Pressure stimulated electrical emissions from cement mortar used as failure predictors

D. Triantis, I. Stavrakas, A. Kyriazopoulos, G. Hloupis, Z. Agioutantis

Research output: Contribution to journalArticlepeer-review

48 Scopus citations

Abstract

The electrical signals emitted during the application of uniaxial compressive mechanical stress upon cement mortar specimens are observed and discussed in this paper. This work discusses the electrical signals that are detected when the specimens are excited by a stepwise uniaxial stress increase from a low level (σ L ) to a higher level (σ H ) at a fast or slow rate and consequently remain at a high pressure regime for a long time. When maintaining constant mechanical stress for a long time, creep phenomena are evident in the specimen and the corresponding electrical emissions are recorded and analyzed. The characteristics of the electrical signal give clear information regarding the breaking stress (σ F ) of the material. The electrical emission recordings are of great interest when the applied σ H is located in the vicinity of the failure stress; the emitted electrical current increases greatly due to the sequential formation and propagation of cracks that occurs in this stress region. Thus, by correlating the strain rate variations to the electrical emissions this methodology can be used to predict failure due to compressive stress in cement mortars.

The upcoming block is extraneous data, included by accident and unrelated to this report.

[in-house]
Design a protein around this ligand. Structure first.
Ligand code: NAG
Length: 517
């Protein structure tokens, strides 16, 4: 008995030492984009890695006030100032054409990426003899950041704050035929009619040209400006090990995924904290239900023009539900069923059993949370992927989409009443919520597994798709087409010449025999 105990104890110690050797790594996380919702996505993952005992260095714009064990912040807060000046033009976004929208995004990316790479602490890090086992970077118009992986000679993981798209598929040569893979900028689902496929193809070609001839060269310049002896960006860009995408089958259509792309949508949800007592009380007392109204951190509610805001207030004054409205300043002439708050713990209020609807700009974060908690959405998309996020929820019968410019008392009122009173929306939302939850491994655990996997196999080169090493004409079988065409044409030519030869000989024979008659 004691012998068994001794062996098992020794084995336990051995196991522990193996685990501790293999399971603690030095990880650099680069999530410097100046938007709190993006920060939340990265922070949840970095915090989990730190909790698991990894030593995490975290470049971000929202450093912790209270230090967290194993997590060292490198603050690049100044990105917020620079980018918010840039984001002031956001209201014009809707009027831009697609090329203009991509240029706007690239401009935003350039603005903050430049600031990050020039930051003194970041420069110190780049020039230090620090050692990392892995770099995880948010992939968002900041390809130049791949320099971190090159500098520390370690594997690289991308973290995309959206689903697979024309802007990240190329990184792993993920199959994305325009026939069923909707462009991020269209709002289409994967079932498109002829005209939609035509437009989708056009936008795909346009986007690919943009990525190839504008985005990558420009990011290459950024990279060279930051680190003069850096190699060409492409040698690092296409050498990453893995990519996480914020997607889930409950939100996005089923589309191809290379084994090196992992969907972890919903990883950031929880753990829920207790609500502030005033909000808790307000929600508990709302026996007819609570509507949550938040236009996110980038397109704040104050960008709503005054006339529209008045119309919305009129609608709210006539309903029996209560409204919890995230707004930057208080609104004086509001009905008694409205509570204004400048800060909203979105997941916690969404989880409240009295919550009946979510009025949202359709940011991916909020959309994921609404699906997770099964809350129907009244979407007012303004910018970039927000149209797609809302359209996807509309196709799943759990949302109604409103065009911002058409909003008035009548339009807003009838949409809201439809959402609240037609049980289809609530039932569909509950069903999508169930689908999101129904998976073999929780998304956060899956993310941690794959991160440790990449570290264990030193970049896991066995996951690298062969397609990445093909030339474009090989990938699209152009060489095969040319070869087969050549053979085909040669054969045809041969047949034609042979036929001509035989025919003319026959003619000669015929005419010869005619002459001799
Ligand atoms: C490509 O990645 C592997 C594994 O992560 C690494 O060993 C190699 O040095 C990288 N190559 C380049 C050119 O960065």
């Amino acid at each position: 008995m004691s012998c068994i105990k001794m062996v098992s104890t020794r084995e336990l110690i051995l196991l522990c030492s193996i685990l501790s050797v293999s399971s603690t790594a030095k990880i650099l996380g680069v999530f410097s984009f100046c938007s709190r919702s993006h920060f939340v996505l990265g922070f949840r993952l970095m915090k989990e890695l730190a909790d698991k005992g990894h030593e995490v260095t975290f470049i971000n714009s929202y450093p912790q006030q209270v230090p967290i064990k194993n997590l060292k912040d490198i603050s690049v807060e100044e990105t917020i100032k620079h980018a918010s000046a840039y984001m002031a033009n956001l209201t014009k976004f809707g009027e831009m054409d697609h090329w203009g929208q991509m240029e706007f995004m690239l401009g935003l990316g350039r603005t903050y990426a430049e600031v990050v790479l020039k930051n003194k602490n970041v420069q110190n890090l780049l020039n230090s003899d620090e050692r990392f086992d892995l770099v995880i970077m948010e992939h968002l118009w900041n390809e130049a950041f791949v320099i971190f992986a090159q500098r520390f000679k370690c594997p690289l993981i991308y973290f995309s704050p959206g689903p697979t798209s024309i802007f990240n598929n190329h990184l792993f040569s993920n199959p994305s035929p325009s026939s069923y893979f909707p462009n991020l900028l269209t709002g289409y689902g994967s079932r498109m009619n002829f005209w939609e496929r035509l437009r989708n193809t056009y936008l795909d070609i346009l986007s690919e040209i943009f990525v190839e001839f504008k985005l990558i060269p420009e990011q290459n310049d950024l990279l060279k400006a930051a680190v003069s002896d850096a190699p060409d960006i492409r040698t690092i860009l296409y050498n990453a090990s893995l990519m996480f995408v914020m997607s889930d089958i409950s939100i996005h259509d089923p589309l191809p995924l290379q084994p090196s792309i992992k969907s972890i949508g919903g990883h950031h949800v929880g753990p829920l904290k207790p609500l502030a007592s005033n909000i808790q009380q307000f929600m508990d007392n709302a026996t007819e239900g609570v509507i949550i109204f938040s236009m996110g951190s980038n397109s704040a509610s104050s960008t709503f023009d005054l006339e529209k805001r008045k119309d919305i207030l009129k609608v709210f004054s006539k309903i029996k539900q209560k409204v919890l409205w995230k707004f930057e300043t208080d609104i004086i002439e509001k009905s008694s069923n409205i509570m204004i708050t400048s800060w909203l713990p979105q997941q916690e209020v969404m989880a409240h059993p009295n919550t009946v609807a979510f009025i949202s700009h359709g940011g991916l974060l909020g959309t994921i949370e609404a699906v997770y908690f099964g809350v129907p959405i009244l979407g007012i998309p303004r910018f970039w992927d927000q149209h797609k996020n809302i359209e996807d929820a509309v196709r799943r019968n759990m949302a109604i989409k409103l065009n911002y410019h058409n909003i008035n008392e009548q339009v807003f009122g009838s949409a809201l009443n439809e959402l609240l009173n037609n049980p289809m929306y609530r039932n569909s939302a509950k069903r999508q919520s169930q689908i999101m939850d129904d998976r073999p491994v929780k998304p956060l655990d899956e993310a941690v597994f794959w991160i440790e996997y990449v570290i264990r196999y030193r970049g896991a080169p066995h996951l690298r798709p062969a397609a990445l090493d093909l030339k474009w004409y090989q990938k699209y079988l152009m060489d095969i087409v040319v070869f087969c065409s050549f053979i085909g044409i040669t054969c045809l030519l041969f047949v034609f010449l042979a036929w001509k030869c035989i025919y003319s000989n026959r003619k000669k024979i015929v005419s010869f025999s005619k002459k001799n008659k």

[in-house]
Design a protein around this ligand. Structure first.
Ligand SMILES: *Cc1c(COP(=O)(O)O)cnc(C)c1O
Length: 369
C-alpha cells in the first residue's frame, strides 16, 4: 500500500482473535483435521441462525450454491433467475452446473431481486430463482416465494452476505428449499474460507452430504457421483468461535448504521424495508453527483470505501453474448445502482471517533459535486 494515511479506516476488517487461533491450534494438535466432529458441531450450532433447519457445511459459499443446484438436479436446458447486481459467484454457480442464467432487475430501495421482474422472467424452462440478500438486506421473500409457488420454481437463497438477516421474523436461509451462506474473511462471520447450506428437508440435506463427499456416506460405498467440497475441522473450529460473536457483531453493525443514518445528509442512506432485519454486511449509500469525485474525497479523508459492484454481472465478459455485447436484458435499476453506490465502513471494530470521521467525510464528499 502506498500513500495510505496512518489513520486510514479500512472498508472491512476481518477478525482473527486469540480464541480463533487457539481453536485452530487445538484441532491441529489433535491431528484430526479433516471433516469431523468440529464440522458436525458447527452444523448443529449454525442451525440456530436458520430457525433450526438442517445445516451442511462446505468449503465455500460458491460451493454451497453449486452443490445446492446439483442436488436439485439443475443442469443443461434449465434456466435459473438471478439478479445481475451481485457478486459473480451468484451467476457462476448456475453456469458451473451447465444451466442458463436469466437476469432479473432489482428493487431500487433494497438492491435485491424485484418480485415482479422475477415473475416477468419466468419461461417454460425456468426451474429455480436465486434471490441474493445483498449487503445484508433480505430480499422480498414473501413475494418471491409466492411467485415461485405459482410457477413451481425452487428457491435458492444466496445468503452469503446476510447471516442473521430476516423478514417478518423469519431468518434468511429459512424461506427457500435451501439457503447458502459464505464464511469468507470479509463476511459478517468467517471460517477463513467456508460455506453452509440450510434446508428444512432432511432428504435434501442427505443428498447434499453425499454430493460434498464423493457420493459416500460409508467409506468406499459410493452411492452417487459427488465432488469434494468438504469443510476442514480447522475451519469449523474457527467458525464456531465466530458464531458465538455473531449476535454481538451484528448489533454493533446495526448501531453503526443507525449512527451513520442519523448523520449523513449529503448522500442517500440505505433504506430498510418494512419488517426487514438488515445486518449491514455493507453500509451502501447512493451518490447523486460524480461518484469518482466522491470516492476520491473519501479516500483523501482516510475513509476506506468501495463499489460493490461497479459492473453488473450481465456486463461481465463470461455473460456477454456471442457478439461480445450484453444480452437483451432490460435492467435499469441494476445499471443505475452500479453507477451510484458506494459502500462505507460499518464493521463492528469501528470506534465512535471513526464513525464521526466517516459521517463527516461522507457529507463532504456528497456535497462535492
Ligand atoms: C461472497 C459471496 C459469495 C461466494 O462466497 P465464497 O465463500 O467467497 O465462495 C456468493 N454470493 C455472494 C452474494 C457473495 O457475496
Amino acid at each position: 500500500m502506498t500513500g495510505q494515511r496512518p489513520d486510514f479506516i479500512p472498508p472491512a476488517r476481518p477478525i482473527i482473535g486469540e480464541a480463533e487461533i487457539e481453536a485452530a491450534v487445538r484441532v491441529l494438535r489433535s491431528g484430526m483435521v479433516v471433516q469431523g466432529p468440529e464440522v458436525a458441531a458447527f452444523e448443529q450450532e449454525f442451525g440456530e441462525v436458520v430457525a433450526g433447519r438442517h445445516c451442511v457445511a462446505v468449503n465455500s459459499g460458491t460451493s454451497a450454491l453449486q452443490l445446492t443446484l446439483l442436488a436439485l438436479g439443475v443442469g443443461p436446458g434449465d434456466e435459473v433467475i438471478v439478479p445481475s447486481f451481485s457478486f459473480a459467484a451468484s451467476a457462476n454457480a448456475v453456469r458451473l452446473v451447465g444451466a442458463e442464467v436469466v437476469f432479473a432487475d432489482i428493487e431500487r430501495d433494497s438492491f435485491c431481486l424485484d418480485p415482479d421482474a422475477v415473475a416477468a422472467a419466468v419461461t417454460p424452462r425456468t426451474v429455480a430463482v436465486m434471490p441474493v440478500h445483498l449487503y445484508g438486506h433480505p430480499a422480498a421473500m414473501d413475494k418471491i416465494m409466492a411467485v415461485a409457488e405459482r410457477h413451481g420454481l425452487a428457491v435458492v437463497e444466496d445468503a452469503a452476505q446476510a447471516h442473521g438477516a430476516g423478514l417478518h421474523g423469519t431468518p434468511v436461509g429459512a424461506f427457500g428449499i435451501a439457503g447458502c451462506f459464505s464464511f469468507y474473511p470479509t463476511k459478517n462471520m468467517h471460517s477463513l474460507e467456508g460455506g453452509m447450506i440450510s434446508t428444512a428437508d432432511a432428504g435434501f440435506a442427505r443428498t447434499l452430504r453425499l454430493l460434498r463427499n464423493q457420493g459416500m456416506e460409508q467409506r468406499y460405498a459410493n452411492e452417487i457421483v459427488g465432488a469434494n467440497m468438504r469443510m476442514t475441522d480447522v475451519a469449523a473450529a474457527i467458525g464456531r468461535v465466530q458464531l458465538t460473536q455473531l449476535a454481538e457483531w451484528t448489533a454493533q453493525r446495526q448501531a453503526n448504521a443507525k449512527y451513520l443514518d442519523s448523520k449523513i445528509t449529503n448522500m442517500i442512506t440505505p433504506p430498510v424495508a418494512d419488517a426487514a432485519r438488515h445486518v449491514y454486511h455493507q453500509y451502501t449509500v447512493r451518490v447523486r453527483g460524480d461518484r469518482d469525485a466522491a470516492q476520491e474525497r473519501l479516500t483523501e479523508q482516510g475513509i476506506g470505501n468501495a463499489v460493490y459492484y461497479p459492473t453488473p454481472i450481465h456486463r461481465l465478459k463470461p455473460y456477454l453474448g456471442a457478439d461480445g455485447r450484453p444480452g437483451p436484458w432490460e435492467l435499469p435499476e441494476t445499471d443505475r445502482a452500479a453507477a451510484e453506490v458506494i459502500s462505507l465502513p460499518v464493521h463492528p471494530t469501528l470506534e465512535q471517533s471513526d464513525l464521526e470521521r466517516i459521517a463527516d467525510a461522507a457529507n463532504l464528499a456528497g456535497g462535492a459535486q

Original languageEnglish
Pages (from-to)53-61
Number of pages9
JournalInternational Journal of Fracture
Volume175
Issue number1
DOIs
StatePublished - May 2012

Bibliographical note

Funding Information:
Acknowledgments This research has been co-funded by the European Union (European Social Fund) and Greek national resources under the framework of the “Archimedes III: Funding of Research Groups in TEI of Athens” project of the “Education & Lifelong Learning” Operational Programme.

Keywords

  • Electrical signal monitoring
  • Laboratory testing
  • Microcracks

ASJC Scopus subject areas

  • Computational Mechanics
  • Modeling and Simulation
  • Mechanics of Materials

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